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Column: Sports betting becomes more reliable | National News

TIM DAHLBERGAP Sports Columnist

Las Vegas (AP) — I didn’t need any official proof, but I’m from New Jersey, where people really like to bet on sports anyway. They put over $ 1 billion into their favorites in September. This is the first time the state has legalized sports betting more than three years ago.

In the city where everything started, odds maker Jimmy Vaccaro doesn’t need official statistics to figure out what’s happening in the world of sports betting. A quick glance at the South Point Sportsbook hot dog stand line on a football weekend in Las Vegas reveals everything he needs to know.

“Hot dog stands are in the United States,” Vaccaro said. “The features of this hot dog stand are amazing. The average number of hot dogs on Sundays during the NFL season is 1,400-1,600.”

One of those hot dogs (a longtime loss leader of $ 1.25 each) from her seat to celebrate New England’s slow score, where a woman who had Dallas to cover the spread made her a winner. When I jumped off, I got to the floor. She wasn’t alone as bettors across the country got her favorites and the book paid off millions of par-raives.

The Betters won big and rarely lost several sports books in a row during the NFL season.

“Usually there are two bad weeks from the whole season,” said Vaccaro, who has booked sports on the Las Vegas Strip for nearly half a century.

That’s not necessarily a bad thing in the sports betting industry. Big payoff promises attract most people. And with lots of payouts in New Jersey in September, the beginning of the NFL season has produced the highest number ever. In some states, sports betting has become legal in some parts of the country.

With a lot of losses, New Jersey casinos put $ 82 million out of that $ 1 billion in their pockets, allowing them to hold just over 8%.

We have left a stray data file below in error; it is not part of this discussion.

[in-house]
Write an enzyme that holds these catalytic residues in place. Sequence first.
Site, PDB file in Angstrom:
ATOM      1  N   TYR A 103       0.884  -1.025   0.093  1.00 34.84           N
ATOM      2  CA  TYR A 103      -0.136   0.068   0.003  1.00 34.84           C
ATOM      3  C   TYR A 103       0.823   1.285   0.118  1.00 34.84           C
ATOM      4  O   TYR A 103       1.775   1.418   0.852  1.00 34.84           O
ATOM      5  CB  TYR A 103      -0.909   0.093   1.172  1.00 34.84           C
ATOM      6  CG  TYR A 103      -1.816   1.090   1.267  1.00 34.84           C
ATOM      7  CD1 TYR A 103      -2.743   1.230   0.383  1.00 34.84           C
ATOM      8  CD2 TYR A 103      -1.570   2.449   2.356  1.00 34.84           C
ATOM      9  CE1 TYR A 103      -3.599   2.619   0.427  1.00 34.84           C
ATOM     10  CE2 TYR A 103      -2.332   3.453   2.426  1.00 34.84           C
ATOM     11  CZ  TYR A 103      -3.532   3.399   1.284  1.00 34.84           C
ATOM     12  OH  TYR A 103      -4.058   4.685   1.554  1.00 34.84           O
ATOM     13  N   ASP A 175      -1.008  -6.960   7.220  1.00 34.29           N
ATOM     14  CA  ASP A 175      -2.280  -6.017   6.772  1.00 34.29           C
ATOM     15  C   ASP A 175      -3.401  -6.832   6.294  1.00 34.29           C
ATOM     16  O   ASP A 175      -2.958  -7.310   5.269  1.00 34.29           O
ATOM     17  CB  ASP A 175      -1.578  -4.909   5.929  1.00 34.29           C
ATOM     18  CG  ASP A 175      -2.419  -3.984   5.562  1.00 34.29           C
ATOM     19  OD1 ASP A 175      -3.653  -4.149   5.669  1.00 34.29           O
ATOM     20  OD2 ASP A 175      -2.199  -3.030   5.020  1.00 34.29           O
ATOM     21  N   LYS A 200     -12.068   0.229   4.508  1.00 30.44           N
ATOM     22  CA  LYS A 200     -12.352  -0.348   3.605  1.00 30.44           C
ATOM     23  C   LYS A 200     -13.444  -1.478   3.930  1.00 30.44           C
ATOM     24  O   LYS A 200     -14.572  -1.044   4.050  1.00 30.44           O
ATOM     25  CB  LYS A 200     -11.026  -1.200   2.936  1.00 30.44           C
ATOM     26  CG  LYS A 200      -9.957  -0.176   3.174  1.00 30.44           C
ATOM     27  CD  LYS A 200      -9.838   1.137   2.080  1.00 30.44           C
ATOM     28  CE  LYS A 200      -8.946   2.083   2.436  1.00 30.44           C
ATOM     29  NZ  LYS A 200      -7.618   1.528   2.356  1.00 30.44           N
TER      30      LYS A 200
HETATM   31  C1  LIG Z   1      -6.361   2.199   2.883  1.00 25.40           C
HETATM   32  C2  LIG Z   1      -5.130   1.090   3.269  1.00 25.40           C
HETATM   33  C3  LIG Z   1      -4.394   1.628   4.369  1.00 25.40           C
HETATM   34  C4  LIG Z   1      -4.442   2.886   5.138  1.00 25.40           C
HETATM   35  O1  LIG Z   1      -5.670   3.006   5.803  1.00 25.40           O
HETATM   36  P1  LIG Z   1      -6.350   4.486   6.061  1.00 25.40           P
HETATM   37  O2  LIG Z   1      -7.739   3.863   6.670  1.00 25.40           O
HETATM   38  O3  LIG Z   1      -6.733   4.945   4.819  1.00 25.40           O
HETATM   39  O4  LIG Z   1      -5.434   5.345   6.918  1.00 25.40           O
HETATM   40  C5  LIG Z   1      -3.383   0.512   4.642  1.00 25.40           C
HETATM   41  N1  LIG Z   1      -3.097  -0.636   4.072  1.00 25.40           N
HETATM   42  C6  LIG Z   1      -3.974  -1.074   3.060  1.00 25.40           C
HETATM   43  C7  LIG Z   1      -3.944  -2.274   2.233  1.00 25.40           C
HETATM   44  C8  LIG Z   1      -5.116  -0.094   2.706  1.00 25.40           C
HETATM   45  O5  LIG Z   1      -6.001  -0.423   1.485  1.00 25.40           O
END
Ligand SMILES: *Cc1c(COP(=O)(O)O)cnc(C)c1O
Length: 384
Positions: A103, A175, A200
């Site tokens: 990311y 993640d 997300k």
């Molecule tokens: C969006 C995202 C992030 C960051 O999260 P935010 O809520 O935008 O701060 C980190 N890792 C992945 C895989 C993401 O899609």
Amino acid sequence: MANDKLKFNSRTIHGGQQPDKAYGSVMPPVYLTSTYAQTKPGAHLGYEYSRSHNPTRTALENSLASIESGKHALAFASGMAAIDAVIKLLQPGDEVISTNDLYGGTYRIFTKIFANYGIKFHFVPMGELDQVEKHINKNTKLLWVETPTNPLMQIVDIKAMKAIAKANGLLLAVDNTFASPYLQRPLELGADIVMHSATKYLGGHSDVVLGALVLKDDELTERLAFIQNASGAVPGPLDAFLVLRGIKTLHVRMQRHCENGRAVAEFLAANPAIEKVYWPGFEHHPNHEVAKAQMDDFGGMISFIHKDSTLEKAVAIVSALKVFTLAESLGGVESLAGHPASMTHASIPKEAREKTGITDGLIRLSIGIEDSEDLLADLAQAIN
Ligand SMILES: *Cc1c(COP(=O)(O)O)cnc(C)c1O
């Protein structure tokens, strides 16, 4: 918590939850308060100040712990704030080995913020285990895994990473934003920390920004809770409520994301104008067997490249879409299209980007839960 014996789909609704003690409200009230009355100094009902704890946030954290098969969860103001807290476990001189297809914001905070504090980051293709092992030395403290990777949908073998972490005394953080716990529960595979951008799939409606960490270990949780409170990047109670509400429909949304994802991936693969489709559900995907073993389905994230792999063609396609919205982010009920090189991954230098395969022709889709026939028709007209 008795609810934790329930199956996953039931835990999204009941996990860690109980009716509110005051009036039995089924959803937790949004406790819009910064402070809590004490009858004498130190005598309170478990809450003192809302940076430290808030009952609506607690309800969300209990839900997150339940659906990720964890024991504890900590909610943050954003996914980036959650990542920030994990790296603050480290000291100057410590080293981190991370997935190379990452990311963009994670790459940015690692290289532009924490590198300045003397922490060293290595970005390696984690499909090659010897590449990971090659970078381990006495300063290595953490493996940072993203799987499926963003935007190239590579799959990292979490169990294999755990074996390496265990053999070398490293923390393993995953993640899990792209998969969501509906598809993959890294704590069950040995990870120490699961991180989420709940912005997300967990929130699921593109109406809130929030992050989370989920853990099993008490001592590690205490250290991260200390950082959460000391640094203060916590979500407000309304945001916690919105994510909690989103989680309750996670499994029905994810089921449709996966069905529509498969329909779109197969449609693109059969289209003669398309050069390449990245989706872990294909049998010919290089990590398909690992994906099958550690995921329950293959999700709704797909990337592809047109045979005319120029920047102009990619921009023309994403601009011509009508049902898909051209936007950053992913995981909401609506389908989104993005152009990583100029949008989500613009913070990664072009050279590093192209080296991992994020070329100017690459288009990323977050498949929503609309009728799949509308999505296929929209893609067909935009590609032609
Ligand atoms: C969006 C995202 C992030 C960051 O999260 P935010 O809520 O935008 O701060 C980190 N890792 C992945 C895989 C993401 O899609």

Margins are not large in sports betting, but the potential benefits are large. As a result, the largest players in the sportsbook industry are fighting for valuable market share in more than 20 states where sports betting is legal, banging it on air and online.

Another state joined the party last month when Arizona began allowing bets just in time for Arizona to catch up with the undefeated Arizona Cardinals tide.

Sports betting is expanding faster than anyone imagined when the Supreme Court opened the locks and allowed the state to legalize long-standing illegal closed-door activities in most parts of the country. increase. Radio waves are filled with ads promoting different betting apps, and it’s hard to watch any kind of game without reminding the announcer that different betting angles are being played.

Betters used to have to bet in the back room of a corner drugstore or behind a game stand, but now they can bet in seconds with the push of a few buttons on their cell phone. increase. The ease of online betting is driving the overall surge, with nine of the $ 10 bets in New Jersey in September being made online.

Easy access to action must cause some issues that betting advocates are less enthusiastic about discussing. Some bettors will be absorbed in saving money, and the money allocated to the next month’s rent will be used to chase after certainty, and some families will inevitably suffer. To that end, the NFL announced on Wednesday that it will run a responsible betting media campaign funded by a $ 6.2 million grant to the National Council on Gambling Addiction.

But so far, sports betting hasn’t ruined sports as the NFL and other leagues have warned everyone over the years. All major sports leagues are eager to embrace sports betting and share the interests of a rapidly expanding industry, and betting lounges are beginning to emerge in arenas and stadiums across the country.

Even in the evolving betting situation, one thing remains constant. Bookmakers will win in the long run, even if Better gives way on a few Sundays in the football season.

In other words, more tickets were written at South Point, and of course, more hot dogs.

“We’ll see what happens this weekend,” Vaccaro said. “I know one thing. We’re going to be open. We still write tickets and sell hot dogs.”

Tim Dahlberg is the Associated Press’s national sports columnist.Write a letter to him tdahlberg@ap.org Also http://twitter.com/timdahlberg

Copyright 2021 AP communication. all rights reserved. This material may not be published, broadcast, rewritten, or redistributed without permission.



Column: Sports betting becomes more reliable | National News

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